13th November 2000
200 Years On The Net
Staff at Armagh Observatory have begun a new project to unlock Armagh's unique 200-year long meteorological record. These observations, which comprise an important part of Northern Ireland's scientific heritage, represent the longest climate archive from a single site in Ireland and have a key role to play in understanding the causes of global warming. The project staff will make the historic records available over the internet to schools, historians, and individual climate researchers, and provide individual series of typed data for detailed scientific analysis.
Armagh's unique weather records are of special interest to students of global warming. John Butler, astronomer in charge of the project, said ``In the Armagh Observatory's records we already see the influence of Global Warming over the past century and they indicate strongly that changes in the Sun are at least partially responsible.''
As storms, floods and heavy rainfall increasingly hit the headlines, we need to know their cause, how unusual they are, and whether they really are coming more often than in the past. Answers to these questions lie in further research, and in detailed analyses of long time series meteorological data such as that contained in the Armagh archive.
The meteorology project, which is expected to last for a total of two years, is supported by the Heritage Lottery Fund. It will encourage greater appreciation of Northern Ireland's rich scientific heritage, give modern electronic access to the whole meteorological record and observational archive, and provide a permanent climatological resource for future research, learning and education.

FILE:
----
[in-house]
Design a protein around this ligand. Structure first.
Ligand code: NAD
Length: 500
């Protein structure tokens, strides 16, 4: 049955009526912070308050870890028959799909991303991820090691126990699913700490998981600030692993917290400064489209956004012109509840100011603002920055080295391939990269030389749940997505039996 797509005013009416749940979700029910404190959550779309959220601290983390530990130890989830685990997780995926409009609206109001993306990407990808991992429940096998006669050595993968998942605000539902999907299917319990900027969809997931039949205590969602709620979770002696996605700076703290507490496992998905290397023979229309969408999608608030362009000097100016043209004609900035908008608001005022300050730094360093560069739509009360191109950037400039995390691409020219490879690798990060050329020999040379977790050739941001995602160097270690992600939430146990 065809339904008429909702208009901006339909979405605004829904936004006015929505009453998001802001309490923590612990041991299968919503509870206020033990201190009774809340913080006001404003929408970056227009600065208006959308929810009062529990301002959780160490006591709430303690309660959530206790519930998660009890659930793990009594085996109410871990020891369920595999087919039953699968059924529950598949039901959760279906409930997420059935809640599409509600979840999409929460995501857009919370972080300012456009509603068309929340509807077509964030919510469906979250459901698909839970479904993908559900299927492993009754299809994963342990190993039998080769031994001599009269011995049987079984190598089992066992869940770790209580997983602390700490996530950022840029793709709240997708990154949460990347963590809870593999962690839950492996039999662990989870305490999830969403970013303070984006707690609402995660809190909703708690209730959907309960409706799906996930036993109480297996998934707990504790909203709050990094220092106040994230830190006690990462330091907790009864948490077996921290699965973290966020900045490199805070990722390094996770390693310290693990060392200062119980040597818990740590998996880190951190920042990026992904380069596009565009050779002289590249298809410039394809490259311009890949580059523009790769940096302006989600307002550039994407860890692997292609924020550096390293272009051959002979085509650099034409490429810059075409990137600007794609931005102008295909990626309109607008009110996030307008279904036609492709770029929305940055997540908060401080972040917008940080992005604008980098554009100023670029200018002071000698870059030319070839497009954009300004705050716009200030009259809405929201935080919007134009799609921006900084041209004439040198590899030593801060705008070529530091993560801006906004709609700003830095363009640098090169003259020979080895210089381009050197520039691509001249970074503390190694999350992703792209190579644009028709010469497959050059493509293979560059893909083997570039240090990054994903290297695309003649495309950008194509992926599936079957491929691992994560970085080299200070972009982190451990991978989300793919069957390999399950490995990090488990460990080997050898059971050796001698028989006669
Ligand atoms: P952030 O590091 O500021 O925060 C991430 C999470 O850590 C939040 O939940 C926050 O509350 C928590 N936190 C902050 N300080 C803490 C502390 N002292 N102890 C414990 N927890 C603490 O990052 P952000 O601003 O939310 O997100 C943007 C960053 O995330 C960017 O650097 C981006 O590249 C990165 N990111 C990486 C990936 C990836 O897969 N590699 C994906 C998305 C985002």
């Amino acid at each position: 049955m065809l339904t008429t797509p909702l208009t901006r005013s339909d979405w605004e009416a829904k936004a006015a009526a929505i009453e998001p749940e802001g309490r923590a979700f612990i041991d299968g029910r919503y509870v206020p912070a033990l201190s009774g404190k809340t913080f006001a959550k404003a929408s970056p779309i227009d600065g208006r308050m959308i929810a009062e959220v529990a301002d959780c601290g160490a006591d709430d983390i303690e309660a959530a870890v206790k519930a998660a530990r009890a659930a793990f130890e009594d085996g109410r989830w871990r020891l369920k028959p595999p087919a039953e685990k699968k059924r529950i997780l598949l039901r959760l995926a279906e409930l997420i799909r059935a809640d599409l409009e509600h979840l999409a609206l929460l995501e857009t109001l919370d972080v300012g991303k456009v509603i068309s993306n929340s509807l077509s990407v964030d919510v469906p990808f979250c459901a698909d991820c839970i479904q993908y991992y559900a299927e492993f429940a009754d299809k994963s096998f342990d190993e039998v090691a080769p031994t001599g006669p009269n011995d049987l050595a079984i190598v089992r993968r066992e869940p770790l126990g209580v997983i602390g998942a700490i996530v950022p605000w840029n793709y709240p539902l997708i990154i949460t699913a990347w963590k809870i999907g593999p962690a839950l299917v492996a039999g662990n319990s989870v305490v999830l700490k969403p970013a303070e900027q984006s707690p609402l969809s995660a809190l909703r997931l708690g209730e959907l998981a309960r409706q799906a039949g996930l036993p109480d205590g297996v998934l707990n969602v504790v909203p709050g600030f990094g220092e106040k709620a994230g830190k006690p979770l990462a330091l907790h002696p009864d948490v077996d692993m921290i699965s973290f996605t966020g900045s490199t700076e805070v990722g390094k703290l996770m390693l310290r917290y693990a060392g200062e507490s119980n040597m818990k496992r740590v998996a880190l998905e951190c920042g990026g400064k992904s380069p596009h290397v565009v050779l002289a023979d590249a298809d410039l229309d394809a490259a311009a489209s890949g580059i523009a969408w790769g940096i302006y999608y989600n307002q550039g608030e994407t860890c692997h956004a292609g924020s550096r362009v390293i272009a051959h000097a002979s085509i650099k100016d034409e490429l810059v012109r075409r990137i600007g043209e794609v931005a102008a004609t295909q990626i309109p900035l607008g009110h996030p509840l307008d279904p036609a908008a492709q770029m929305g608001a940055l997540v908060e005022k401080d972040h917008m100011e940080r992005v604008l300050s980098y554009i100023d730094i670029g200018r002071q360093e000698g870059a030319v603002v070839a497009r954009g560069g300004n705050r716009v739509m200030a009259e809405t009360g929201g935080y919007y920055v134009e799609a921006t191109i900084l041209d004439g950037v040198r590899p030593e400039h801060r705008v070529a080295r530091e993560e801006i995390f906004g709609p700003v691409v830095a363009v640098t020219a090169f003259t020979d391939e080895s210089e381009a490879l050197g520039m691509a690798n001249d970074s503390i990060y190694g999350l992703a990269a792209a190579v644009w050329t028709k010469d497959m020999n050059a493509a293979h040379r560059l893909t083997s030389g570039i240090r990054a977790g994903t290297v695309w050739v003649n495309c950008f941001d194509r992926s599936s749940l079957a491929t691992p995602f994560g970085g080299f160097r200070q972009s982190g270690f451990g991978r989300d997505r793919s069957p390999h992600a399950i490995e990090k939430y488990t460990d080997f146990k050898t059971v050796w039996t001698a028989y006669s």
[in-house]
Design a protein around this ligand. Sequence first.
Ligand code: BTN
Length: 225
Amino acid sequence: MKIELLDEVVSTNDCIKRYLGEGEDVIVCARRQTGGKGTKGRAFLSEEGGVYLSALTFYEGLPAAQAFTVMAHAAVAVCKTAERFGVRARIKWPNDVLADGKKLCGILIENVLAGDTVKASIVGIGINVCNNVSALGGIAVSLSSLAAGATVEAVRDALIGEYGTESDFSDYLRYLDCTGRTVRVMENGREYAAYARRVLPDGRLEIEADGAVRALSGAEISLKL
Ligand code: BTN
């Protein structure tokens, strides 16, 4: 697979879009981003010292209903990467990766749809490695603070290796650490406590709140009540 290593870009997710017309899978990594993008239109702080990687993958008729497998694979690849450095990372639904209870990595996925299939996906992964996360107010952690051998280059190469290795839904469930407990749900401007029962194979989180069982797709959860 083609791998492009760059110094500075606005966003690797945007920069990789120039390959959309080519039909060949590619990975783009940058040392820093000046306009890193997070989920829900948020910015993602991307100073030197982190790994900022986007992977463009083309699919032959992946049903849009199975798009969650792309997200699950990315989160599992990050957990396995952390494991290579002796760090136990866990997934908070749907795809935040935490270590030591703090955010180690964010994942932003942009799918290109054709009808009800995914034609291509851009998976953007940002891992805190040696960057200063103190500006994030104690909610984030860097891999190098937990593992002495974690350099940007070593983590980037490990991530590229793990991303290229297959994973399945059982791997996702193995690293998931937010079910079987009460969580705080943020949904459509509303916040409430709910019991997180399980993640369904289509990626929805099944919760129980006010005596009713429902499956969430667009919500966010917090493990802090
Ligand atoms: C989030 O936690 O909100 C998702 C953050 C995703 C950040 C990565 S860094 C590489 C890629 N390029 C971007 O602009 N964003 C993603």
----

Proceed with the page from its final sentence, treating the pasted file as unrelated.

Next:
A plot showing the change in temperature at Armagh Observatory since 1796 and the simultaneous changes in the length of the `11-year' sunspot cycle, adapted from the article 'A provisional long mean air temperature series for Armagh Observatory', Journal for Atmospheric and Solar Terrestrial Physics, Vol 58, p1657-1672, 1996, by C.J. Butler and D.J. Johnston.".
Squares represent the mean temperature at Armagh.
Solid histogram represents the length of the sunspot cycle.
Some examples of the Armagh meteorological records
For further details, contact John Butler or John McFarland at Armagh Observatory, College Hill, Armagh, BT61 9DG; Tel: 028-3752-2928, FAX: 028-3752-7174; e-mail: email@example.com; firstname.lastname@example.org.
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